Remind yourself of these common sense tips now and throughout the months ahead:
1. Define your personal brand. This should be the consistent lead in your résumé, LinkedIn and Twitter profiles. It is the simple answer to the question: "Tell me about your (professional) self" in no more than two or three sentences. Your brand should describe what you do professionally, and convey how you set yourself apart from others who do the same or similar things.
2. Make your résumé shine with accomplishments. If any of your bullet points begin with something like, "Responsible for…" you have work to do. These kinds of statements only serve to lump you in with everyone who possesses a similar background. They say nothing about how well you have fulfilled your responsibilities, or how you went about doing your job.
Each bullet point should say something about the challenge you faced, what skills or tools you utilized in dealing with it, what you actually did and the results that you attained. Statements like these truly show off your value to any potential employer.
3. Complete your LinkedIn profile and keep it current. Liberally sprinkle in keywords of actions, skills, industry and education that are likely to be found on job descriptions for which you would likely apply. Make certain to complete all the sections of the profile. Gain added visibility by uploading into it appropriate videos, audio, images or documents that demonstrate what you have achieved. Last but not least, make sure to solicit references (as opposed to endorsements) for each of the positions you've held and have them included.
4. Identify and keep in contact with your references. While most of the time references won't be contacted until late in the hiring process, you never know for certain when you will be asked to supply them. You run the risk of appearing unprepared If you are unable, without delay, to provide the names of at least one supervisor and other peers who can speak to your specific accomplishments, skills, work ethic and character.
At the same time, you need to keep the people who will be your advocates up to date with you, your activities, aspirations and above all else the names of any people or companies likely to contact them. It's always a good idea to give your references some sense of the challenges you face in terms of landing any specific job, the nature of the work you would be doing, or why you feel the position represents a good fit for you. When your reference knows this, he or she can do much in the space of a few minutes to make the points that need to be made on your behalf to convince the employer that you have the value that they seek.
5. Keep your applications personal. Résumé readers know when they are on the receiving end of a mass distribution of your résumé, and they are rarely flattered or impressed.
Even when you don't know who specifically will be looking at your résumé, have pity on the poor human resources person who has to try too keep straight the 100 résumés on their screen each titled simply "resume.doc." Show that at least you know where yours is going by uniquely renaming the document for each company, "Jane Jobhunter Resume for ABC Company.doc."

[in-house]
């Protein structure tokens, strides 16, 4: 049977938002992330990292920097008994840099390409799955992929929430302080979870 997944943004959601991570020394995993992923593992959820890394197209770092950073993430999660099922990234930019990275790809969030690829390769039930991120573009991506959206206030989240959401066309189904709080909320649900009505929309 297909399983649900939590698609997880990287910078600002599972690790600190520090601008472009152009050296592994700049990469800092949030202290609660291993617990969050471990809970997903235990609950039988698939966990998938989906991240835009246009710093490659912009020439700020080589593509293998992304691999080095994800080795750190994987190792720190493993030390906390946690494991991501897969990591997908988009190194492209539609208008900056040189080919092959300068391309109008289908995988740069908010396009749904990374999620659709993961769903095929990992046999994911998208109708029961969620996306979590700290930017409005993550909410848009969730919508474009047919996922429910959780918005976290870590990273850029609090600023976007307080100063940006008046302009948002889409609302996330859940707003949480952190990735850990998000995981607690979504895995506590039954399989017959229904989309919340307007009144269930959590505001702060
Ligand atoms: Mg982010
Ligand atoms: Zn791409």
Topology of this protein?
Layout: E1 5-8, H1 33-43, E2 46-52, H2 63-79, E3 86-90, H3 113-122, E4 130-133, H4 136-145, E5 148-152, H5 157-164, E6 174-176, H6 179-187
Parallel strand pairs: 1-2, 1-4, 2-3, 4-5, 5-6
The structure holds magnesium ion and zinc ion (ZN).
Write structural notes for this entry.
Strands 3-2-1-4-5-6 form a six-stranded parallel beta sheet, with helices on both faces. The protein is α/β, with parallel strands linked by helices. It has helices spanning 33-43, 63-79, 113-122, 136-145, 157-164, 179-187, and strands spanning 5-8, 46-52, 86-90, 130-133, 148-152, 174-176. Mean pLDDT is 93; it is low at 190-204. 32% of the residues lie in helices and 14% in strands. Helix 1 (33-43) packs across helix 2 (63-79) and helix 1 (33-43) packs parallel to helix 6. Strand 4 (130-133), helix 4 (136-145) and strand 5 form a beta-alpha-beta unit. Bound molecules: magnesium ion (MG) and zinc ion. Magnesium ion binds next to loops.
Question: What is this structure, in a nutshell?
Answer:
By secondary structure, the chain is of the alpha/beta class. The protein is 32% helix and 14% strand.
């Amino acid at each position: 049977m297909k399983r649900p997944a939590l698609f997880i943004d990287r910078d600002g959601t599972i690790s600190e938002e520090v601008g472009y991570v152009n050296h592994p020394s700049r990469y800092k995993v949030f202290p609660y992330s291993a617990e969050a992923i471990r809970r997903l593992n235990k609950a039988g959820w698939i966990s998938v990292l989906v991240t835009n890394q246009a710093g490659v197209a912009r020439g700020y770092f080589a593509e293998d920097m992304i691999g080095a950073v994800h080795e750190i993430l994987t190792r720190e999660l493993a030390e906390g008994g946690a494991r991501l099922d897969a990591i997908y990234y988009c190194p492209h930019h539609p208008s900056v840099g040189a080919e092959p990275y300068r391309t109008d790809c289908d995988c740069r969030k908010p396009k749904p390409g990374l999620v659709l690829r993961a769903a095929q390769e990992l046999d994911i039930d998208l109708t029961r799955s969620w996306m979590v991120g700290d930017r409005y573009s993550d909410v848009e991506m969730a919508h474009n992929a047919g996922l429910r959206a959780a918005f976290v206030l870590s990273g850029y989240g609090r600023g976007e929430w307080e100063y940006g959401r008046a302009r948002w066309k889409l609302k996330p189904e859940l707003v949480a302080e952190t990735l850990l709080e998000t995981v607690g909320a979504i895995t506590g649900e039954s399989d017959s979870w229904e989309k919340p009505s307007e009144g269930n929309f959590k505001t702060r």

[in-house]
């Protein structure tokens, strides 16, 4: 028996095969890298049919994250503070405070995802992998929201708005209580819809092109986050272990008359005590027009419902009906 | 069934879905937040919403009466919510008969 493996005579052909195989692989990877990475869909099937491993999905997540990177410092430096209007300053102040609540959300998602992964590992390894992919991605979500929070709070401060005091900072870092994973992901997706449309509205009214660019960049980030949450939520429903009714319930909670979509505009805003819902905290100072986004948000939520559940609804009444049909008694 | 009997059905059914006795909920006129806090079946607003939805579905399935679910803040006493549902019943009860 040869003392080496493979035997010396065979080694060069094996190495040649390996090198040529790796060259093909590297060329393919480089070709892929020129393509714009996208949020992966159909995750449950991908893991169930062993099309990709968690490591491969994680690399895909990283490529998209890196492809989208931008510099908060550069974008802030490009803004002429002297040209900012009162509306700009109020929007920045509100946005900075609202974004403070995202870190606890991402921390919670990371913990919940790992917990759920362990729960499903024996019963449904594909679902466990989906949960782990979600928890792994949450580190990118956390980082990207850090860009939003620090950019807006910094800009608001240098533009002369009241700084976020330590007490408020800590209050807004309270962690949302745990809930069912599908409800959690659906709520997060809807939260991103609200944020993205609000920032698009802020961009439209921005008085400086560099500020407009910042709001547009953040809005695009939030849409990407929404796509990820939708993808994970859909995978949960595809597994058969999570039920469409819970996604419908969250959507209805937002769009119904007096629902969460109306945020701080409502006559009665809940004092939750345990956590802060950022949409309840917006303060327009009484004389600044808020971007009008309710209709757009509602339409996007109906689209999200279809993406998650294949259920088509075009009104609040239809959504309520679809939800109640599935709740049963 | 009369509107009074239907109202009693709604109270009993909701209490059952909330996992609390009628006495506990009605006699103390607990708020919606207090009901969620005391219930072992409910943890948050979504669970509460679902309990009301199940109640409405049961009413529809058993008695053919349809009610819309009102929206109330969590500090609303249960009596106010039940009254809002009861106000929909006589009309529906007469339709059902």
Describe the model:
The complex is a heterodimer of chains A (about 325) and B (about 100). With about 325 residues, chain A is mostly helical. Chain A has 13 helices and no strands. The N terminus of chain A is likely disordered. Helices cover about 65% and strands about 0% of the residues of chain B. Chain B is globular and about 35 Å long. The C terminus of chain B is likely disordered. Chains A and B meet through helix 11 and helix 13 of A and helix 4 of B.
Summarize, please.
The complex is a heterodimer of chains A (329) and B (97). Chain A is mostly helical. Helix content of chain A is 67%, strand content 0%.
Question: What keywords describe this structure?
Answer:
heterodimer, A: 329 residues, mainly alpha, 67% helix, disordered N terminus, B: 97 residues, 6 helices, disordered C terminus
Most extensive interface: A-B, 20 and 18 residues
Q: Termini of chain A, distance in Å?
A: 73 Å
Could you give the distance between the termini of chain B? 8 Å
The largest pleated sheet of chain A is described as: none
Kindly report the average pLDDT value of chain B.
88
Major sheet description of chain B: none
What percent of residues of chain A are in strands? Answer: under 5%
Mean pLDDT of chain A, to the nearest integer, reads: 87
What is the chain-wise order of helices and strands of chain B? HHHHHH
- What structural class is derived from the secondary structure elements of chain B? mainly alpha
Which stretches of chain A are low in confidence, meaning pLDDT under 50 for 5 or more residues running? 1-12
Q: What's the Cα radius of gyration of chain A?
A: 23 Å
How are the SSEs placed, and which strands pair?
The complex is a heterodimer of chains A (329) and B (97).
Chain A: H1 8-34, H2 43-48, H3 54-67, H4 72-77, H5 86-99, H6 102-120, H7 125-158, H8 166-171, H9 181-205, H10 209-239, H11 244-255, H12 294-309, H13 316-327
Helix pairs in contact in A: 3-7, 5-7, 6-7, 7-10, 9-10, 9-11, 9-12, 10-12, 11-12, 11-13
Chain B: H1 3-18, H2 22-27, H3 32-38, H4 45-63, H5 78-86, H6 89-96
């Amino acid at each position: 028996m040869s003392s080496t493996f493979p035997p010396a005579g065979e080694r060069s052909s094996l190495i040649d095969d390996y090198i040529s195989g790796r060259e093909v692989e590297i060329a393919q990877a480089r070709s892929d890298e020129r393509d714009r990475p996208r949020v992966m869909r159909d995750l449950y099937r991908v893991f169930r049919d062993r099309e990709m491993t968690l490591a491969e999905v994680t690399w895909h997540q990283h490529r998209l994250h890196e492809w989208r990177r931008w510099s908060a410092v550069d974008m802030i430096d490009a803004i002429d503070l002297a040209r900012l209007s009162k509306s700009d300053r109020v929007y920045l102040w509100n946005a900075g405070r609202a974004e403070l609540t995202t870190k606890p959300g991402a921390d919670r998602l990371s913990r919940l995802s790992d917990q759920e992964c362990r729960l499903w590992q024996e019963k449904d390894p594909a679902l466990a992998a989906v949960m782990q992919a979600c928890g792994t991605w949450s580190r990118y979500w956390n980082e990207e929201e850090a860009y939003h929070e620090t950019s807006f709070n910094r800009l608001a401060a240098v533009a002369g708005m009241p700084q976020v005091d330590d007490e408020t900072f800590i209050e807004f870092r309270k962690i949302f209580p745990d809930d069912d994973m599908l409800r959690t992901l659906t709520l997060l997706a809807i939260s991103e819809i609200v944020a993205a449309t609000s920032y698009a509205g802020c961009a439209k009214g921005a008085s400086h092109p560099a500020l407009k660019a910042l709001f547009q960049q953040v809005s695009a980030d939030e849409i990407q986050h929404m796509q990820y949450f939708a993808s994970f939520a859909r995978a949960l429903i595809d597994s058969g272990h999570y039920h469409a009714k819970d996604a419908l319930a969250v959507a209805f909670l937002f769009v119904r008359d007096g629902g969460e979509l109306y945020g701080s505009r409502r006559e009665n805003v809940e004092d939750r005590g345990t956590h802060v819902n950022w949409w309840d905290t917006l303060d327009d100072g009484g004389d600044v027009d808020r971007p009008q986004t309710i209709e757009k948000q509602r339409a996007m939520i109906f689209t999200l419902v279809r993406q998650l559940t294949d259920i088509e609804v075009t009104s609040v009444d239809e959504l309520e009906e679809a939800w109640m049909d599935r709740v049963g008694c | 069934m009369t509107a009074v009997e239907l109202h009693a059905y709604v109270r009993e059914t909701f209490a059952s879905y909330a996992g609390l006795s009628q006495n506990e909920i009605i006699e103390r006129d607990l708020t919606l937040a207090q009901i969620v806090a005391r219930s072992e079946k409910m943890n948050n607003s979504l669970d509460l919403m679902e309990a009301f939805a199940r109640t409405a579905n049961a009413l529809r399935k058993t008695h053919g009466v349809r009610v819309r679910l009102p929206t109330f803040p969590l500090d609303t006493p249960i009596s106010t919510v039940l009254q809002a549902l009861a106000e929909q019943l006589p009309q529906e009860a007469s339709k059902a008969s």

Make your cover letter personal as well, even if only addressing it to "HR at ABC, Inc.," and show you know something about the company and why you represent unique value for them more than the fact that you want the job in the first paragraph.
6. Network, network and network, both online and in-person. Be certain to get out of your shell and attend college reunions and homecomings, professional seminars, networking meetings, trade shows and other events. Don't ignore opportunities to build relationships with your peers or others in your industry via social networking, especially through LinkedIn Groups.
Remember that networking does NOT mean asking someone, "Can you help me get a job?" It is most effective when you ask, "How can I help you?" long before you tell someone how he or she can help you.
7. Don't ignore Twitter. No matter what you think of it, there is a huge amount of information available to be captured, including specific job announcements, news about companies and industries, tips for job hunting and much more.
8. Never violate the grandmother rule. If anything you ever say, write or post – no matter how private you think your conversation might be – would cause your grandmother to blush or disapprove, then keep the comments to yourself. You never know whose sensibilities you might offend, or who will regard you as unprofessional even if your opinions are well grounded.
What other tips do you have to share?
Arnie Fertig is the head coach of JOBHUNTERCOACH.COM, where he utilizes his extensive background in HR Staffing and as owner of a recruiting company to help mid-career job-hunters land their next job. Arnie provides one-to-one coaching services to individuals throughout the U.S. in all aspects of the job hunt, including: resume writing, personal branding, utilizing social media, enhancing networking skills, preparing for interviews, and negotiating compensation.